Blisters in Children and How to Treat Them
It’s important to know how to help your children’s wounds heal from different accidents and injuries. Blisters in children are more common than you might think. In this article, we’ll tell you how to treat them.
How blisters form
Basically, blisters are a bubble of skin with or without liquid inside that form from burns, friction, allergies, or vaccines. They can be different sizes, and could be a few millimeters to several inches.
They aren’t usually dangerous, but they’re quite annoying, especially on hands or feet. Usually, blisters have pus inside that acts as a moisturizer and protector of the new skin that’s forming underneath.
The main problem is when they burst. Then, they can become infected when they come in contact with dirt, plants, pets, etc.
Why do blisters appear? There are many reasons, but some are more common than others. For example, wearing new shoes that rub against the heels or toes, touching a very hot surface, or being in the sun without protection.
Sometimes, they can also form as a result of eczema or touching poisonous plants like ivy or sumac. In addition, they can form from certain diseases, such as epidermolysis bullosa acquisita, herpes simplex, chicken pox, and other skin infections.
What to do when your child gets blisters
Beyond the reason why blisters appear, you must be very careful so they don’t break and cause pain.
A good way to protect it is by wearing a bandage. That way, it won’t get hit or become infected from pathogens. This isn’t always easy for children because they’ll want to take it off.
However, it’s important for blisters not to get dirty. If you put a gauze on it or something similar, remember to change it every hour, before bathing or at bedtime.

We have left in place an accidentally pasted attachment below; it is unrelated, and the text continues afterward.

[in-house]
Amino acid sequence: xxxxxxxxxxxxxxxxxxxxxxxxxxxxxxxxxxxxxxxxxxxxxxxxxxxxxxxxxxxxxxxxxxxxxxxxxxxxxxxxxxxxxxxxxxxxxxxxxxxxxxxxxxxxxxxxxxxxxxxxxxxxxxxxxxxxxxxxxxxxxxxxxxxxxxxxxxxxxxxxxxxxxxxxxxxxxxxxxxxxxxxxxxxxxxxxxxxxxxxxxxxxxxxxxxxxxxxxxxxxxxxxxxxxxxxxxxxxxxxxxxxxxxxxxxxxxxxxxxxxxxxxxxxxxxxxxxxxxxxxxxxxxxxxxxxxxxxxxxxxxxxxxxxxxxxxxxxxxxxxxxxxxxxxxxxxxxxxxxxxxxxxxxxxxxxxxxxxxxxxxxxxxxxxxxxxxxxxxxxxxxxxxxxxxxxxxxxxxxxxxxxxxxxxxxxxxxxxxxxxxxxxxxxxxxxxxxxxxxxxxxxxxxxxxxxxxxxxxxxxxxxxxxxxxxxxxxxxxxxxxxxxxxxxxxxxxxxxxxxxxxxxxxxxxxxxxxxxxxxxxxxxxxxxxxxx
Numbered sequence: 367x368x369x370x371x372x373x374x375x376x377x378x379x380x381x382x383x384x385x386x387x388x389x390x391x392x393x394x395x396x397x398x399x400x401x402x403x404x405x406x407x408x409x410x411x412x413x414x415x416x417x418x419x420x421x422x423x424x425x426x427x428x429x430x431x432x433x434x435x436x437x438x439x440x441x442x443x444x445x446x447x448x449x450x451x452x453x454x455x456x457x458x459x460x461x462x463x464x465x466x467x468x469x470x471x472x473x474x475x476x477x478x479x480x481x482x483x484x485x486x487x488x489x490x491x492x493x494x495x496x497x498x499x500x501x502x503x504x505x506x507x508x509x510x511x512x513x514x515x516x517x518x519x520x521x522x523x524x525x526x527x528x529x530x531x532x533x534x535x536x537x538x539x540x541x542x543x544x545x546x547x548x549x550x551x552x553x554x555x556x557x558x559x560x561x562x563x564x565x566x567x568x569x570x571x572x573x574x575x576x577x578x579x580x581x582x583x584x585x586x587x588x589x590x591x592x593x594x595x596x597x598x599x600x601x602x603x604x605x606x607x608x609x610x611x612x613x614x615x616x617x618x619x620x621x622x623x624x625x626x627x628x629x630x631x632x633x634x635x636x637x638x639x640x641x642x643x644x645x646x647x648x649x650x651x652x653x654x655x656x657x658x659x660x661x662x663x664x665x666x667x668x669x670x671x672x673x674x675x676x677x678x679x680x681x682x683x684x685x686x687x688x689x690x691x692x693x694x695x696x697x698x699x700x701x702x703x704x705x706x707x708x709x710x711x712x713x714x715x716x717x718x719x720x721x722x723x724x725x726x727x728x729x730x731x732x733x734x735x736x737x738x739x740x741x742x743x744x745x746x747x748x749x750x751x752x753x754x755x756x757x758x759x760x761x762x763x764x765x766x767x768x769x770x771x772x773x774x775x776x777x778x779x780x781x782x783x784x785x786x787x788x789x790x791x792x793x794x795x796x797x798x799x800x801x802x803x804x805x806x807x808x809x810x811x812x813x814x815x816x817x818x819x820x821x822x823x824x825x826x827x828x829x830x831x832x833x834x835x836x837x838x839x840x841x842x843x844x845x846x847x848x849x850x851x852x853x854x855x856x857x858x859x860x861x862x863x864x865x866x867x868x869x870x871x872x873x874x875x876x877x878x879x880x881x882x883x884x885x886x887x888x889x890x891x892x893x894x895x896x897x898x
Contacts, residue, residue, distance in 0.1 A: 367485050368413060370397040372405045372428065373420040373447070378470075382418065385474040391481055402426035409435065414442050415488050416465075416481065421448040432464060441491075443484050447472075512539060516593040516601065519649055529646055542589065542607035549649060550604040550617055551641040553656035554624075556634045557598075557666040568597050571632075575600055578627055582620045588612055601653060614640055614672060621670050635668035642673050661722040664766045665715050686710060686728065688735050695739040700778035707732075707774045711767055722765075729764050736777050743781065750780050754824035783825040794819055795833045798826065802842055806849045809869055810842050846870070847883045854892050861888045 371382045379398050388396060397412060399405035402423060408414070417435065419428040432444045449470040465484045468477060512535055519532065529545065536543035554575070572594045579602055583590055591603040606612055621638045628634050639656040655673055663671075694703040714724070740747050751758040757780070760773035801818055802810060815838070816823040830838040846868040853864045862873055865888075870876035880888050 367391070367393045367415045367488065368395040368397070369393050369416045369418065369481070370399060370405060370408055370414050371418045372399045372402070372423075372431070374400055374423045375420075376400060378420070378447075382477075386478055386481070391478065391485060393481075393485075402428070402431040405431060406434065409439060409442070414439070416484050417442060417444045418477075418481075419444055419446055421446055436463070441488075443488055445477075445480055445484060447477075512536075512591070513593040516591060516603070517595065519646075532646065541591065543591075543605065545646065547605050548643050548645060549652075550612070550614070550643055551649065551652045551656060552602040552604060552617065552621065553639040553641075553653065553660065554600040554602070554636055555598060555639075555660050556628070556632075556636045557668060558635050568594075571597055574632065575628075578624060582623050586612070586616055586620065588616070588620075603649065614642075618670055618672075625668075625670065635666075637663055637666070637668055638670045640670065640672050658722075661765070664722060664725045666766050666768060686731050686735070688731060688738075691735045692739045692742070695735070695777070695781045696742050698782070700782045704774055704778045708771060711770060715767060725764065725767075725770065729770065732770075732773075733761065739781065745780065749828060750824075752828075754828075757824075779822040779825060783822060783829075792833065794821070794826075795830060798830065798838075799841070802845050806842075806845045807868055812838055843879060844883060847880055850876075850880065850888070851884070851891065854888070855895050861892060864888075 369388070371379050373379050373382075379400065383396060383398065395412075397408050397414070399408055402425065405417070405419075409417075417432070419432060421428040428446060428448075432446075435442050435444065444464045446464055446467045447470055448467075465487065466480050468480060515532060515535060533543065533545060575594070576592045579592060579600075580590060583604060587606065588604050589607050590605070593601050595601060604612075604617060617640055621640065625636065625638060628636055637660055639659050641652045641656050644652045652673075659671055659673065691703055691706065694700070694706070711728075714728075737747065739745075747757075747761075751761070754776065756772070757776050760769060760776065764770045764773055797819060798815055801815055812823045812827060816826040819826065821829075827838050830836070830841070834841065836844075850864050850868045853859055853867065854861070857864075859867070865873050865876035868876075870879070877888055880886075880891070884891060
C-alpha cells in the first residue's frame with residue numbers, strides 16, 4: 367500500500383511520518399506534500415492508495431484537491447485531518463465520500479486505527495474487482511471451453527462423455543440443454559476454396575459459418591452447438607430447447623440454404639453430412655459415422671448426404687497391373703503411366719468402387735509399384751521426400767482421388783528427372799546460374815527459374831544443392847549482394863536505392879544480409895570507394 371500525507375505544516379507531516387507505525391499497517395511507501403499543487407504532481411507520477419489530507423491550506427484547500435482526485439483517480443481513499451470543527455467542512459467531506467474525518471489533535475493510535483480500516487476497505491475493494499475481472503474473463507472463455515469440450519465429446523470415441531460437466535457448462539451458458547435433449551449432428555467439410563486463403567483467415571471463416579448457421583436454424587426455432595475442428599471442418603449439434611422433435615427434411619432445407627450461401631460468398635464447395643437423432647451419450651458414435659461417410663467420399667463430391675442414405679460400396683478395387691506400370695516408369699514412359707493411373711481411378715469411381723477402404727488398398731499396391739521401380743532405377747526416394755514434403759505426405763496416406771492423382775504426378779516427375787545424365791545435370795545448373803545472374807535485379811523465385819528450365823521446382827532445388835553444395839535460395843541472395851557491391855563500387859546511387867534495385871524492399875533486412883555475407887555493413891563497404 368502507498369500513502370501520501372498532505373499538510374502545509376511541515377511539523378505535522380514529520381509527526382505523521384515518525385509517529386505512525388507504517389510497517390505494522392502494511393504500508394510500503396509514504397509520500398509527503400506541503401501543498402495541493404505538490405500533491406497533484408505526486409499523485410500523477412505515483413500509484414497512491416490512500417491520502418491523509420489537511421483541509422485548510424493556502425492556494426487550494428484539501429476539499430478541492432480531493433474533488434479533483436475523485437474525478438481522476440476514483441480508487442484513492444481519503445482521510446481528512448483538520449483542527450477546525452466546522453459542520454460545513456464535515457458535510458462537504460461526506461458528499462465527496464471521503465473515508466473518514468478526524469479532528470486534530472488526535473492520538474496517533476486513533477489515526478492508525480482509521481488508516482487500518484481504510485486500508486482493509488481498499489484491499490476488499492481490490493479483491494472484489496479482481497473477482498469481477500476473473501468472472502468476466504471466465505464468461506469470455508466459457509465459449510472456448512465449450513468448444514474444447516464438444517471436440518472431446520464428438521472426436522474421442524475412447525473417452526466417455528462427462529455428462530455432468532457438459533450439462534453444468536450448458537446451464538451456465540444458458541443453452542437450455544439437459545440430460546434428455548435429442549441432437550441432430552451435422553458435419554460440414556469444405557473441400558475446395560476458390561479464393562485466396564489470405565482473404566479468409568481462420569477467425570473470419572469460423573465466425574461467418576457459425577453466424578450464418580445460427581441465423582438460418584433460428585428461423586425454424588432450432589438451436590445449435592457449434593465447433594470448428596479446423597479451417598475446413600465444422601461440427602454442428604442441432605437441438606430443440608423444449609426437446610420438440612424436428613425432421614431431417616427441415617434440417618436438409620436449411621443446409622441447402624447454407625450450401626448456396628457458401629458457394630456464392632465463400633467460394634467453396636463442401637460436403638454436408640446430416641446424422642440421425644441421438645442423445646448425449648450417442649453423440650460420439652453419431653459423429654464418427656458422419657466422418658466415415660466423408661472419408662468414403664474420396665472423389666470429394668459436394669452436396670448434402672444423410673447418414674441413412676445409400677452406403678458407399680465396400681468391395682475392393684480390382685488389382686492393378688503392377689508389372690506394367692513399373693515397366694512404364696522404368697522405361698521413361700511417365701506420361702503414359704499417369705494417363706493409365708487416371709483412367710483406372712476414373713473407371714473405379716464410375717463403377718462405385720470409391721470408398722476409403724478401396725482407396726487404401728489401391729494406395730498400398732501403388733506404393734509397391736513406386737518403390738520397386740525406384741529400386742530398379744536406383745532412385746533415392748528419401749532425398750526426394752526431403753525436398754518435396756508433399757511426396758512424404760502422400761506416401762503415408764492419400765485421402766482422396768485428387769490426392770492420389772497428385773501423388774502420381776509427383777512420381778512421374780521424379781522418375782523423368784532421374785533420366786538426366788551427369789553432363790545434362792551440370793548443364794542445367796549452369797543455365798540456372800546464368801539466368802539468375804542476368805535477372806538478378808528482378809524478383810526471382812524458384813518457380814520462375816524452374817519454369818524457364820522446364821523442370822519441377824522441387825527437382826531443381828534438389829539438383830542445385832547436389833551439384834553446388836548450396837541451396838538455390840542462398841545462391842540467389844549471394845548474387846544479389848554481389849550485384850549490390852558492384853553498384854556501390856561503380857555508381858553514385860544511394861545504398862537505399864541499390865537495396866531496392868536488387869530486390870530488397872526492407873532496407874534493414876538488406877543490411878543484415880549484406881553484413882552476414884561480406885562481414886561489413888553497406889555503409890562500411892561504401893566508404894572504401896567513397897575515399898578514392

Make sure to never pop blisters. Then, the pus will drain and won’t protect the new skin that’s forming underneath.
On the other hand, if the blister is more than 3 inches large, consult your doctor. In addition, if the liquid is cloudy or a strange pus, you should also ask your doctor how to treat it.
Sometimes, doctors will open the blister with a scalpel and apply an antibiotic or healing cream. Fortunately, this process isn’t painful. In addition, keep the area bandaged and avoid getting dirt in it. That way, it won’t get infected.
“The most common causes of blisters are wearing new shoes that rub against the heels or toes, touching a very hot surface, or being in the sun without protection.”
How to prevent blisters in children
To prevent blisters, be very careful with children. Do everything possible to prevent accidents from happening. For example, don’t leave the iron on unattended. In addition, don’t place containers with boiling water close to the edge of the countertop.
Kids are very curious and have no sense of danger. Therefore, they’ll touch everything that catches their attention without knowing it’s hot and can hurt them.
On the other hand, if your child has new shoes, give him some light socks so they don’t chafe his heels. It’s even a good idea to put bandages on the areas that are prone to blisters.
Also, when you go on vacation, make sure to apply sunscreen of at least 50 SPF. Reapply sunscreen every 2 hours, even on cloudy days or if you haven’t gone to the beach. The same applies for pool days, on vacation or on summer walks in the park.
It’s true that you can’t prevent 100% of blisters, but with these tips, you can reduce them a lot. Don’t forget to always have an antibiotic and moisturizing cream with you in case of an accident!
All cited sources were thoroughly reviewed by our team to ensure their quality, reliability, currency, and validity. The bibliography of this article was considered reliable and of academic or scientific accuracy.
- Galy, J. Asociación Española de Pediatría. Enfermedades ampollosas no hereditarias. [Documento en línea] Disponible en: https://www.aeped.es/sites/default/files/documentos/ampollanohereditaria.pdf.
- Mayo Clinic. Ampollas: primeros auxilios. Febrero 2018.
- Skin problems in children. Ministry of Health Manatu, Hauora. Workbase. (2012). [Online] Avaiable at: https://www.cph.co.nz/wp-content/uploads/med0131.pdf
- Sladden, Michael & Johnston, Graham. (2004). Common skin infections in children. BMJ (Clinical research ed.). 329. 95-9. 10.1136/bmj.329.7457.95.